News in Brief: A Washington Roundup
Panel Urges Balance in Peer-Review Process
Federal agencies’ peer-review panels for education research should be composed in a way that minimizes conflicts of interest, “balances biases,” and includes participation of scholars from a wide range of disciplines, a committee of the National Research Council says in a report released last week.
The report, “Advancing Scientific Research in Education,” is the last of four meant to better define what constitutes high-quality educational research, and to promote it, in light of a federal education officials’ emphasis on scientifically based research. ("Panel Defines 'Science' of Education Research," Dec. 12, 2001.)
To help build the knowledge base in education research, the committee says in another of its recommendations, researchers should be required to share their data with other scholars as a condition of having their work published in professional journals. Journals and associations involved in education research, it says, should adopt ethical standards to support data-sharing.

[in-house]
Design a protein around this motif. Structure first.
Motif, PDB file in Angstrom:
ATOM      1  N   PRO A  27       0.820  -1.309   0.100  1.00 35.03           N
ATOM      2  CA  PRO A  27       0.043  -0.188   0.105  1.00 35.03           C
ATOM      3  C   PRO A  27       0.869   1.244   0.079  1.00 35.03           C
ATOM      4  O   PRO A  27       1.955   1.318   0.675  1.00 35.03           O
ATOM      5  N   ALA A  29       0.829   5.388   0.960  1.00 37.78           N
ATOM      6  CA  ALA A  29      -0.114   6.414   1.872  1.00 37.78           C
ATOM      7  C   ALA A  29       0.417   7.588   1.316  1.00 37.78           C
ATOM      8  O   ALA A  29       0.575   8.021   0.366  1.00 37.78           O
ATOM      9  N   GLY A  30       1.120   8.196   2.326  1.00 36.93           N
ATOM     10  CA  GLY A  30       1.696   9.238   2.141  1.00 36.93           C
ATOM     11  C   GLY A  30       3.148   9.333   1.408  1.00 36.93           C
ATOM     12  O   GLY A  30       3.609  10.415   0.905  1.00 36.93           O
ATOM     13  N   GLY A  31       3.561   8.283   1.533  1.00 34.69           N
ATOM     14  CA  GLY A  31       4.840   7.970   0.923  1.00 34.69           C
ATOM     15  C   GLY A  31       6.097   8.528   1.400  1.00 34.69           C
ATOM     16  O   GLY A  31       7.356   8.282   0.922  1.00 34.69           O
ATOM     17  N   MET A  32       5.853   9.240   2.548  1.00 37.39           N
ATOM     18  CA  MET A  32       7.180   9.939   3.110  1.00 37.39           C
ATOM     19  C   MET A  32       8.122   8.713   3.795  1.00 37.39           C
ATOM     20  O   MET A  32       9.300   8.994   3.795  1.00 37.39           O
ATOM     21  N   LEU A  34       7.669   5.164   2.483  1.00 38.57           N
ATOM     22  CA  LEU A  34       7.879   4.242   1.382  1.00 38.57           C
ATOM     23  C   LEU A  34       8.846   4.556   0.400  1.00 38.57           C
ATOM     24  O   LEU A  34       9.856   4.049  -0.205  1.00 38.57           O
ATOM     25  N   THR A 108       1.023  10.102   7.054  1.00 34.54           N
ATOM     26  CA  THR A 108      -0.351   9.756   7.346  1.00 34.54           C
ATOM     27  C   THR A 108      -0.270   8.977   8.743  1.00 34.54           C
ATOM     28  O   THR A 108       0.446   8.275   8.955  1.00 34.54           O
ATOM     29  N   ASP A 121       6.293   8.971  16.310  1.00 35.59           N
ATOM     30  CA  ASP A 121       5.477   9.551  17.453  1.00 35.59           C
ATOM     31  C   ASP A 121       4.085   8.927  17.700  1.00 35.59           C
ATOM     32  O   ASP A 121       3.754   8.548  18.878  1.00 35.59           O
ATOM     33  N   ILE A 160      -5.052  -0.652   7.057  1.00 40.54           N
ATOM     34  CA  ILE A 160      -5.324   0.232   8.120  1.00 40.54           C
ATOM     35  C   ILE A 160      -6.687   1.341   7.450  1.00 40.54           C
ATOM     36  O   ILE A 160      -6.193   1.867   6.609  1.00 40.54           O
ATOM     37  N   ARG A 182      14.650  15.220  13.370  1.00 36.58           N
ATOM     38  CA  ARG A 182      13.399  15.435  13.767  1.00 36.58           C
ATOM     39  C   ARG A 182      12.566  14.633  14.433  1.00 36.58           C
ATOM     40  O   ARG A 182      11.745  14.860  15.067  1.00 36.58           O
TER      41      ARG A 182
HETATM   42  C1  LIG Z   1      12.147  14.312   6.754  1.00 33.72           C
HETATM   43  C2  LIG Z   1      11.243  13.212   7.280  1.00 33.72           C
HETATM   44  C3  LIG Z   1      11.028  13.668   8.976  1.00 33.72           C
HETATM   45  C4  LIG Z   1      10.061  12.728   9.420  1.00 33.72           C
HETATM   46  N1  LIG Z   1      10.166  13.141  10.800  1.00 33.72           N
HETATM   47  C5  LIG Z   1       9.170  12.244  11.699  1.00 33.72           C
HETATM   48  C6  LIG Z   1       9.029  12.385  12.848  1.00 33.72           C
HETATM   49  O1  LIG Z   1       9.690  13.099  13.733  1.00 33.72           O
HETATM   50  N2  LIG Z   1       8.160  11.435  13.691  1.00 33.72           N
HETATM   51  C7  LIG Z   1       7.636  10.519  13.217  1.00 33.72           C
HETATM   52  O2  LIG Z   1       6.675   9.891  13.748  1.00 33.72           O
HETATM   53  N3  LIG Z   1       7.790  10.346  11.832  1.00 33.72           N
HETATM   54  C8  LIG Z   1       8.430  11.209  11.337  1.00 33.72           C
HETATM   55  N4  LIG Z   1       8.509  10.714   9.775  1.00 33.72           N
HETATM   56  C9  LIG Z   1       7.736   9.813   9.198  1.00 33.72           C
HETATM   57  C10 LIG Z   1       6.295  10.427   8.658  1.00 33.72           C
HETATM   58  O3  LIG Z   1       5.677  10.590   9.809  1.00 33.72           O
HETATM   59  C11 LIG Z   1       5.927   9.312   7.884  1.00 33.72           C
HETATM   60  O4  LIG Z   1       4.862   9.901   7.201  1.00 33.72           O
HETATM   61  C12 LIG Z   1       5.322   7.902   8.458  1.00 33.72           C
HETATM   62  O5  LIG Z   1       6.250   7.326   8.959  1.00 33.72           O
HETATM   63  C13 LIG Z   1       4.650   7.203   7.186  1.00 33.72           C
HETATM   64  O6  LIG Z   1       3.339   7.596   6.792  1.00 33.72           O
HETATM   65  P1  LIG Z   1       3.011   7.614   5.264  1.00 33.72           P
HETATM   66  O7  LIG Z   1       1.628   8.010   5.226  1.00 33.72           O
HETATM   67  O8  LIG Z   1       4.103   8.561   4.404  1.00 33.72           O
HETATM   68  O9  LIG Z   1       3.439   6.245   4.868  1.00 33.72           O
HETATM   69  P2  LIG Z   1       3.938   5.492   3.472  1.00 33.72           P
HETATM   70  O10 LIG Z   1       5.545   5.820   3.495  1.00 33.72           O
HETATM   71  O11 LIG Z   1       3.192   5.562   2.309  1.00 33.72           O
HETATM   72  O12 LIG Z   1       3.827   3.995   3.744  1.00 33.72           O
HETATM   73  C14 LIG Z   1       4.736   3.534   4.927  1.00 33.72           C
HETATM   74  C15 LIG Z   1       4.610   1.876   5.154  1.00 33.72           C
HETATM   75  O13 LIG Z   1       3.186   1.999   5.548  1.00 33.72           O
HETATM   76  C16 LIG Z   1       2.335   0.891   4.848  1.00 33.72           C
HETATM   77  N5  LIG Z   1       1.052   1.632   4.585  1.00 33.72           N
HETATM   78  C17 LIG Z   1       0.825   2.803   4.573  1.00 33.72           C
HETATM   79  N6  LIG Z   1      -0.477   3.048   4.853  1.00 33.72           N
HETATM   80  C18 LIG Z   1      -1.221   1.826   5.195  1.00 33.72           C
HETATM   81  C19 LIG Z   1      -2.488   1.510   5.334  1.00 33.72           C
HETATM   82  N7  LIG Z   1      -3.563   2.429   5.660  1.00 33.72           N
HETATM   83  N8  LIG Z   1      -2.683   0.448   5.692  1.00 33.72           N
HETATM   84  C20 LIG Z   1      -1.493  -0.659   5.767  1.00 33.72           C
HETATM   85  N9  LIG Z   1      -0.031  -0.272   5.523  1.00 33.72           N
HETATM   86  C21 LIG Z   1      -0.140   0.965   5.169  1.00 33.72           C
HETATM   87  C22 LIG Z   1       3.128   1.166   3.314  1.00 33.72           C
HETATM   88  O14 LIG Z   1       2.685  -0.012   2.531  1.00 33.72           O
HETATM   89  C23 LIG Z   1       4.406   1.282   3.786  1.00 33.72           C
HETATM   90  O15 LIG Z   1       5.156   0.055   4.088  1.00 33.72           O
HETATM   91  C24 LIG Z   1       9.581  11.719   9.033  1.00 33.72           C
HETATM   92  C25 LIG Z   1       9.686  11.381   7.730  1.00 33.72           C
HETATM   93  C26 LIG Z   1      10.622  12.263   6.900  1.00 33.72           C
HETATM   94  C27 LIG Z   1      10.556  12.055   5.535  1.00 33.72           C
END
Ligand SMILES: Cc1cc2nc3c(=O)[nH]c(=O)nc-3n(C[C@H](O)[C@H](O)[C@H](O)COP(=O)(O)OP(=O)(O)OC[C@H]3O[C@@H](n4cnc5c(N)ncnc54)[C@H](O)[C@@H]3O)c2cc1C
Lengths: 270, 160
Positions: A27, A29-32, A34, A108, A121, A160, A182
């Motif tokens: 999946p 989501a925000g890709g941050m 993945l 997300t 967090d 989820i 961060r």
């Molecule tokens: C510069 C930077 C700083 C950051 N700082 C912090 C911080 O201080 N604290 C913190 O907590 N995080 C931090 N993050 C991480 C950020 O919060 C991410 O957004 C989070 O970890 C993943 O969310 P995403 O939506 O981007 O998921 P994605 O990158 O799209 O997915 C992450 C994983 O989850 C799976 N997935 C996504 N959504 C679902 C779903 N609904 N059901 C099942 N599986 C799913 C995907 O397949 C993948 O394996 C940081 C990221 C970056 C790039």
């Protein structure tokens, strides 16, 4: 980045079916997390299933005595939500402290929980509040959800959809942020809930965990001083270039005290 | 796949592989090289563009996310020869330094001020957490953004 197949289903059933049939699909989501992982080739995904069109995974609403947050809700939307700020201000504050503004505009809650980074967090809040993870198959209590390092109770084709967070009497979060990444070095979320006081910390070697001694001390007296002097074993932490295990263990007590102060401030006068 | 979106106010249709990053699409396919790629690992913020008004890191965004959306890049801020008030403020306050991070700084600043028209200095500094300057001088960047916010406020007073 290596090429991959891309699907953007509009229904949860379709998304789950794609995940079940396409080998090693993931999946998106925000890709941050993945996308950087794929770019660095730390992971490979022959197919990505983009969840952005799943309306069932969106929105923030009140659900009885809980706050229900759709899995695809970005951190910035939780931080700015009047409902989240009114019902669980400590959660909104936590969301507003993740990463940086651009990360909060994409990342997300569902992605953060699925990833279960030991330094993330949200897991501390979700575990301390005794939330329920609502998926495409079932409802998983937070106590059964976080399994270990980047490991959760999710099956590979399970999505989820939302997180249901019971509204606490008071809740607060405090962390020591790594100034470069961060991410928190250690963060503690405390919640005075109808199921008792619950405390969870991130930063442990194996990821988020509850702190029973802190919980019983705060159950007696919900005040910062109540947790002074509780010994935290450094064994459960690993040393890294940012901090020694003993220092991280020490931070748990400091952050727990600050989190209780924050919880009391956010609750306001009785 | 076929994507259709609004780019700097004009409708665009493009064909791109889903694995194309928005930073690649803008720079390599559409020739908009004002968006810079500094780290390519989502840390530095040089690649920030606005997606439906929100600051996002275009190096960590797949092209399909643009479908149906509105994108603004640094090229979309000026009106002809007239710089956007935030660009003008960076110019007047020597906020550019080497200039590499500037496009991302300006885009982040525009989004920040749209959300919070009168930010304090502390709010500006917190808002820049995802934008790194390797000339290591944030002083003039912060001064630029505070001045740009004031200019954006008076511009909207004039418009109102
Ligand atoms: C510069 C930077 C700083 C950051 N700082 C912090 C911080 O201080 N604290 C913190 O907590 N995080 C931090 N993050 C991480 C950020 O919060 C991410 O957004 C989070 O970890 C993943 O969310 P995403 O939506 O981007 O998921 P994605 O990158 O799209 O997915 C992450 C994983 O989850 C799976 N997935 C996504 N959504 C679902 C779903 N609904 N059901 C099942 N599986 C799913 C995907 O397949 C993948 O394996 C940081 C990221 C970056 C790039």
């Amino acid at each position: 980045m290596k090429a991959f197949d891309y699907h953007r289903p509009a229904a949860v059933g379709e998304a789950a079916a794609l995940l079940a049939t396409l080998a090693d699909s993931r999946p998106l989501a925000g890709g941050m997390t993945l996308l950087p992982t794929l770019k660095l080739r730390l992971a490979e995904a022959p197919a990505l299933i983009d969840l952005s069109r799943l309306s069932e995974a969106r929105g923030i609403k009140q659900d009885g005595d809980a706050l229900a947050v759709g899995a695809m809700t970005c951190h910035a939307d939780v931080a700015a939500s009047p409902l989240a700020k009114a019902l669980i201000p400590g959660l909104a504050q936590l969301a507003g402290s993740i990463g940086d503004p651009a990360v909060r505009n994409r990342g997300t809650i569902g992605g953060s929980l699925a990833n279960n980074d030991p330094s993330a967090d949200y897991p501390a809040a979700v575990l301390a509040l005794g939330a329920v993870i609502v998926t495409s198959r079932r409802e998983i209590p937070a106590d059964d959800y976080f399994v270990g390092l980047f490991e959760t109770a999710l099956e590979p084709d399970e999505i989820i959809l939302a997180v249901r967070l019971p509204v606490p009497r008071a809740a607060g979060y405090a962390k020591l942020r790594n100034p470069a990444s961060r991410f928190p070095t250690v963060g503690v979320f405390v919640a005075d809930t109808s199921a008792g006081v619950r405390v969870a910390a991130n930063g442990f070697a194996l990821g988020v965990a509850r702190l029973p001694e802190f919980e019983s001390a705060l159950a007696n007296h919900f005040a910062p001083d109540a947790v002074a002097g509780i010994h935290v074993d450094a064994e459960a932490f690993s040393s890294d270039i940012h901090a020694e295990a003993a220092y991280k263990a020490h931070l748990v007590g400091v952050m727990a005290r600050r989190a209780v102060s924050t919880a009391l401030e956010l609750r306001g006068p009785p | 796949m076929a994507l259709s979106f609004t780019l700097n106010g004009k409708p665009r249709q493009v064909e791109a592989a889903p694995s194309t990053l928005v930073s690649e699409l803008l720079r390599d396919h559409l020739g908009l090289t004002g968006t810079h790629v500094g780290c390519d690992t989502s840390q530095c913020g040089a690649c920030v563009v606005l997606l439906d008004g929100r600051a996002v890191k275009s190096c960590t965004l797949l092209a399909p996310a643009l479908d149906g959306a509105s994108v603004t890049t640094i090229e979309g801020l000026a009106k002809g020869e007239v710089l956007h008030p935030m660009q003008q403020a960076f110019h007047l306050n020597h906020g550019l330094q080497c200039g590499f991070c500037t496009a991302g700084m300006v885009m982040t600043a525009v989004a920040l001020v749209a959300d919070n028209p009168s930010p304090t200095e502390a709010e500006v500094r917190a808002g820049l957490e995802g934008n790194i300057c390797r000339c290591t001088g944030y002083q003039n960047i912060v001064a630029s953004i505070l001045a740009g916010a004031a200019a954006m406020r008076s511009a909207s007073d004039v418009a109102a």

Before producing its latest report, the 14-member committee held five workshops with researchers, deans of schools of education, editors of major journals, and heads of federal agencies.
Vol. 24, Issue 07, Page 28
- Assistant Professor of Special Education, Visual Impairments
- University of Pittsburgh, School of Education, PA
- Superintendent of Schools
- Ashburnham-Westminster Regional Schools, Ashburnham, MA
- Vice President -Curriculum & Instruction
- Discovery Communications, Silver Spring, MD
- Project Director - Boston Academic Strategy
- TNTP, Boston, MA
- Executive Director
- Sturgis Charter Public School, Multiple Locations